Monkeypox: a first portrait of patients is emerging, according to WHO

GENEVA | A first portrait of patients affected by the current outbreak of monkeypox cases is emerging, according to statistics from the World Health Organization (WHO).

Monkeypox: a first portrait of patients is emerging, according to WHO

GENEVA | A first portrait of patients affected by the current outbreak of monkeypox cases is emerging, according to statistics from the World Health Organization (WHO).

• Read also: Monkey pox: more than 5,000 confirmed cases worldwide

• Read also: Monkey pox: rather different symptoms in the first European cases

The most common profile is that of a man under the age of 40, living in Europe, having sex with men, with rashes all over his body and fever.

This is only a rough portrait, the profile of which is representative of that of the majority of patients.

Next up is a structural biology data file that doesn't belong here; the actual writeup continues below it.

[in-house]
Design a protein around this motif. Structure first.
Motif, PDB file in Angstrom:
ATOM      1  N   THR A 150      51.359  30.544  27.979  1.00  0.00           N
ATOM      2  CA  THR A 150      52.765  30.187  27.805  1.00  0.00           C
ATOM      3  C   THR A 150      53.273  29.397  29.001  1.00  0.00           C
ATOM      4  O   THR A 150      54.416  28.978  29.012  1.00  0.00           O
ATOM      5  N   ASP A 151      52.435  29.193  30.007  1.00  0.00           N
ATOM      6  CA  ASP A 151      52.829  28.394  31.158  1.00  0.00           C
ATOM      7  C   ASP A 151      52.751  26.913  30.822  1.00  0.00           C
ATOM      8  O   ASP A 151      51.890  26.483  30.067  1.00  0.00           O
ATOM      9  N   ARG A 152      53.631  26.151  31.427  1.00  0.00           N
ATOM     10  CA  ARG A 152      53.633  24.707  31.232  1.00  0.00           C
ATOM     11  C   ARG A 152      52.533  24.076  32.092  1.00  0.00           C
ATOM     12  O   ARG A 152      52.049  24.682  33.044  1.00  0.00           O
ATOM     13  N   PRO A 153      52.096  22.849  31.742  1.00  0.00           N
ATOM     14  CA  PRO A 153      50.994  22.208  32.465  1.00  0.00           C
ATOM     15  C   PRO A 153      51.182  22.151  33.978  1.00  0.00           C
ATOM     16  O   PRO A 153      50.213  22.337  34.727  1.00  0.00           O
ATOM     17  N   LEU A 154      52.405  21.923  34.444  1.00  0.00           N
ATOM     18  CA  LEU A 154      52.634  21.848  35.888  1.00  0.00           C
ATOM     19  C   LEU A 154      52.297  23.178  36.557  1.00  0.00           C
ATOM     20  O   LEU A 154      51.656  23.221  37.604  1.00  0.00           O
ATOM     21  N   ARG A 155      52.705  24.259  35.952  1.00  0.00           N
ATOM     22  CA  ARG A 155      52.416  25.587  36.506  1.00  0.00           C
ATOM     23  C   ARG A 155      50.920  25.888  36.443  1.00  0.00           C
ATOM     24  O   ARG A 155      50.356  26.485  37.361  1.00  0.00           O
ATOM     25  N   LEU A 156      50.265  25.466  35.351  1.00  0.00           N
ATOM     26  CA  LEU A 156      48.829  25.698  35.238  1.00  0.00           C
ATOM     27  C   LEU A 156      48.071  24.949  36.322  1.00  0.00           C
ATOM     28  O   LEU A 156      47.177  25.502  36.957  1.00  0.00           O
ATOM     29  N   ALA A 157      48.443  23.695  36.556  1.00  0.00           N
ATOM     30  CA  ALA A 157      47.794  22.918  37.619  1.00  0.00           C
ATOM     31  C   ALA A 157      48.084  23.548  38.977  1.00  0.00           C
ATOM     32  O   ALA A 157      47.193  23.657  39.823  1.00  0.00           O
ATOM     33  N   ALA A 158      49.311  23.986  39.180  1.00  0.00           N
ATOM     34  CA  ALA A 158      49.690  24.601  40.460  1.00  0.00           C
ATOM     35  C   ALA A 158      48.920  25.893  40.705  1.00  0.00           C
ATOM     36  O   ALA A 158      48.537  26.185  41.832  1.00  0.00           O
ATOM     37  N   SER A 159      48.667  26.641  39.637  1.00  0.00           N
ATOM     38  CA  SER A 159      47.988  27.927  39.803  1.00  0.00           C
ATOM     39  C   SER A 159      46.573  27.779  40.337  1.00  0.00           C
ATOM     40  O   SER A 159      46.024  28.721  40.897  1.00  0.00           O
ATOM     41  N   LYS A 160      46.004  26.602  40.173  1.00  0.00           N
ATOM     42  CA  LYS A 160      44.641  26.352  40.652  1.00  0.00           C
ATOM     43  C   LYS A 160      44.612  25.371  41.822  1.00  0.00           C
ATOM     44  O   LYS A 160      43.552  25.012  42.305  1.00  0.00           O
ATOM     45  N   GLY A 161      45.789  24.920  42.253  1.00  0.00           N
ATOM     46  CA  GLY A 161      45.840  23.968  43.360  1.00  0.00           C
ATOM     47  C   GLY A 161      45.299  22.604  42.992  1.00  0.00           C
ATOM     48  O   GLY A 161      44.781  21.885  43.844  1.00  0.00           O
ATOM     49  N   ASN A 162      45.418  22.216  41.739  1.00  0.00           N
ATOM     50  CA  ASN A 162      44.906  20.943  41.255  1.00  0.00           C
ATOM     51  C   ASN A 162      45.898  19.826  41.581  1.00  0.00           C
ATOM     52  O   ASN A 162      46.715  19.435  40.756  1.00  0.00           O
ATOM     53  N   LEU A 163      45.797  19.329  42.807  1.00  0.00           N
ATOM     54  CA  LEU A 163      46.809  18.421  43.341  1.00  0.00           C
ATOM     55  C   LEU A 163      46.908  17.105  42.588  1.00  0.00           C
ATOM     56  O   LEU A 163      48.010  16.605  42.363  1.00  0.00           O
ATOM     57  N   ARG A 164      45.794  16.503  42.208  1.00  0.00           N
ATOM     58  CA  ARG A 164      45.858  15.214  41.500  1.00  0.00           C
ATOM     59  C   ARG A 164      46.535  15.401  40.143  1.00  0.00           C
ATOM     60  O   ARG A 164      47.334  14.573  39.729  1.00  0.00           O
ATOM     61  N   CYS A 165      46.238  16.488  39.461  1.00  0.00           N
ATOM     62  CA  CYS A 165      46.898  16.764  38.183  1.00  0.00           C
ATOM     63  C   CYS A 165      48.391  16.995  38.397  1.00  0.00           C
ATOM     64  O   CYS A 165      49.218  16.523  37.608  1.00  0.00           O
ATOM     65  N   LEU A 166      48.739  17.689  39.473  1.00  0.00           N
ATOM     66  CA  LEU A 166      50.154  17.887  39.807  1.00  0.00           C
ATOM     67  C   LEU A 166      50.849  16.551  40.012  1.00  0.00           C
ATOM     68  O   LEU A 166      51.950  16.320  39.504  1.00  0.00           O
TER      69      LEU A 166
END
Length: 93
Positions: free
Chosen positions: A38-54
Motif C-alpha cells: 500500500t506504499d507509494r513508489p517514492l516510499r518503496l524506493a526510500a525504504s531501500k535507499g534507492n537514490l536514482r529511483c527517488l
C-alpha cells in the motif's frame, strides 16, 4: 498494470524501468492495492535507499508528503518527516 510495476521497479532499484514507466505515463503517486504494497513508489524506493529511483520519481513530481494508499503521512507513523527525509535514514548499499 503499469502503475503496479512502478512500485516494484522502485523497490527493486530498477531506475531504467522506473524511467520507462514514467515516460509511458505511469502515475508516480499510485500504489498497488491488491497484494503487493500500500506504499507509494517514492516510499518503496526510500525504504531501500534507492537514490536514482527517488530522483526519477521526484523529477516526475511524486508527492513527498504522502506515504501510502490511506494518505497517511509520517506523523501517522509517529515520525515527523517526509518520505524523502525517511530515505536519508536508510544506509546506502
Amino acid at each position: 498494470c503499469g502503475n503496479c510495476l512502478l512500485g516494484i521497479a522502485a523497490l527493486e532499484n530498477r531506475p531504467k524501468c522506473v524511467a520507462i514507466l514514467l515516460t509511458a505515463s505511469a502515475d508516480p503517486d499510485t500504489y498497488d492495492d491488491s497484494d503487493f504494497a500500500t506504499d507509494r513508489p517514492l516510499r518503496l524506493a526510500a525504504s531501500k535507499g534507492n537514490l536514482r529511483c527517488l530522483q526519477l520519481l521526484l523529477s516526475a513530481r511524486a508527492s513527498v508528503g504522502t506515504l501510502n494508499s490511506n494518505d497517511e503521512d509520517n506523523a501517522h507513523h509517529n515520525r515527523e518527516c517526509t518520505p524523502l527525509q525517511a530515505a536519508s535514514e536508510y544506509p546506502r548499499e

With 81.6% of the 6027 cases recorded worldwide, Europe remains by far the region most affected by the current wave of monkeypox cases, detected in May outside the countries of Central and West Africa. where the virus is endemic.

Germany, the United Kingdom and Spain are the most affected countries in the world, with more than 1,000 cases each. France had 498 cases as of July 6, according to figures from the European Center for Disease Prevention and Control (ECDC) 99.5% of patients who provided their sex are men, with a median age of 37, reveal the WHO statistics.

60% of sufferers who have provided their sexual orientation — about a third of the total number of people affected — identify as gay, bisexual or other men who have sex with men, according to the report.

A distant cousin of smallpox, but considered far less dangerous, monkeypox usually heals on its own within two to three weeks.

WHO Director Dr Tedros Adhanom Ghebreyesus announced on Wednesday that a WHO Emergency Committee meeting on the matter would be held no later than the week of July 18.

At its previous meeting on June 23, the Committee declined to elevate the current outbreak to a "public health emergency of international concern," the organization's highest level of alert.

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